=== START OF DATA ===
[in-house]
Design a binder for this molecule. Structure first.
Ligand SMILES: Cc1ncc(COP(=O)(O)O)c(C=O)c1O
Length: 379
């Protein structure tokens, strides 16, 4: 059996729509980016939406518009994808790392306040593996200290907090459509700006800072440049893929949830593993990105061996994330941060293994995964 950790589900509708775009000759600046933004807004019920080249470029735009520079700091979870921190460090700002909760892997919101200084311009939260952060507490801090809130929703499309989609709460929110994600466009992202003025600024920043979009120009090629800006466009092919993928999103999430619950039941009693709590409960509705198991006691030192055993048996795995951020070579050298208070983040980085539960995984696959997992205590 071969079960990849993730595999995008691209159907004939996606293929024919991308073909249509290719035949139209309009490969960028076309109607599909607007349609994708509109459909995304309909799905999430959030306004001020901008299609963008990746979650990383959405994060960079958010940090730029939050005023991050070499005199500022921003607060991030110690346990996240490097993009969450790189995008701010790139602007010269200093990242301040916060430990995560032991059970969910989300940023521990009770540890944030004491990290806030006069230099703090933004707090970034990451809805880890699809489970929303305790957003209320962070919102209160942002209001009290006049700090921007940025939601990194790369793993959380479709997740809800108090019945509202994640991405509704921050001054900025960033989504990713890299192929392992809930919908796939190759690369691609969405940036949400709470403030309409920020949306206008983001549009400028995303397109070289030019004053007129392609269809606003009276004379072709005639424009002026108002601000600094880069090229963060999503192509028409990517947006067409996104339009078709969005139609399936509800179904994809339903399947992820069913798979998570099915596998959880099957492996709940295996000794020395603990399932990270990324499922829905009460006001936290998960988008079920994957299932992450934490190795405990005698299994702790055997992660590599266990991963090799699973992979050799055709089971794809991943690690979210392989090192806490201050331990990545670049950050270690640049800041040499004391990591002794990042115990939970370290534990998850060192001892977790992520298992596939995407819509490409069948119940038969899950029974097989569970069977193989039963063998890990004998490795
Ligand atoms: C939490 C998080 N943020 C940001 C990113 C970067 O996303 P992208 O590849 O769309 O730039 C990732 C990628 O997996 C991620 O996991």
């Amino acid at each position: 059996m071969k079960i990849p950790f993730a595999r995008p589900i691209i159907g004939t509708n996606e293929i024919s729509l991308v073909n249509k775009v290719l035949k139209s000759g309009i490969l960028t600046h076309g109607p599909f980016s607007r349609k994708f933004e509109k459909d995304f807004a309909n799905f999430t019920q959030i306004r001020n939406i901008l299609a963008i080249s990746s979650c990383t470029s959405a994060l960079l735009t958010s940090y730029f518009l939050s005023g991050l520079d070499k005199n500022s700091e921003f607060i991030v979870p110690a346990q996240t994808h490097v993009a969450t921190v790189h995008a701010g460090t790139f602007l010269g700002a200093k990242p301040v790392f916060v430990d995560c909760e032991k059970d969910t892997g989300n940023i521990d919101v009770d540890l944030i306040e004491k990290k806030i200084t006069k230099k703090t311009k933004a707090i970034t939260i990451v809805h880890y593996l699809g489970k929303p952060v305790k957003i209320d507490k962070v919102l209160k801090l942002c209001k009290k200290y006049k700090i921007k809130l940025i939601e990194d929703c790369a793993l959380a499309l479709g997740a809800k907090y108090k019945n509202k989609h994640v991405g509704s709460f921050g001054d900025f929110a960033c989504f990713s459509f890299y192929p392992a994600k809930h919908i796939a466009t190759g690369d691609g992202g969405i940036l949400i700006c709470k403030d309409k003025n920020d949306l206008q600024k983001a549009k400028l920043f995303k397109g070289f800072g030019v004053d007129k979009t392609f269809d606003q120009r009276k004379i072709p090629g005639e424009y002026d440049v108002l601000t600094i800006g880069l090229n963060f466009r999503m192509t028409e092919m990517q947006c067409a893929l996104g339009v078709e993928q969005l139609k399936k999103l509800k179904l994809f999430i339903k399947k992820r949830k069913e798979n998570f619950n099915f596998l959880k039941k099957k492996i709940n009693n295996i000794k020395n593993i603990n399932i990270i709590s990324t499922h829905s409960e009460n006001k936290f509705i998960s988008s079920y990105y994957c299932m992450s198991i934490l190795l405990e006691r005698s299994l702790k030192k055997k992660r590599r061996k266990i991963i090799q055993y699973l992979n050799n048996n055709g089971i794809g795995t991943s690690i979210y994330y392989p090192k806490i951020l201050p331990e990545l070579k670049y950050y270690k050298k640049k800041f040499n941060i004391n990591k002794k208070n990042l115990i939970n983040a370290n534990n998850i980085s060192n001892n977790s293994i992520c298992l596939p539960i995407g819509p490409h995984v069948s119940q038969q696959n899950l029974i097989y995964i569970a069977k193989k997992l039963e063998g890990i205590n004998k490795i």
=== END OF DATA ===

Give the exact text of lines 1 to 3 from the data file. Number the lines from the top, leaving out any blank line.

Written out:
[in-house]
Design a binder for this molecule. Structure first.
Ligand SMILES: Cc1ncc(COP(=O)(O)O)c(C=O)c1O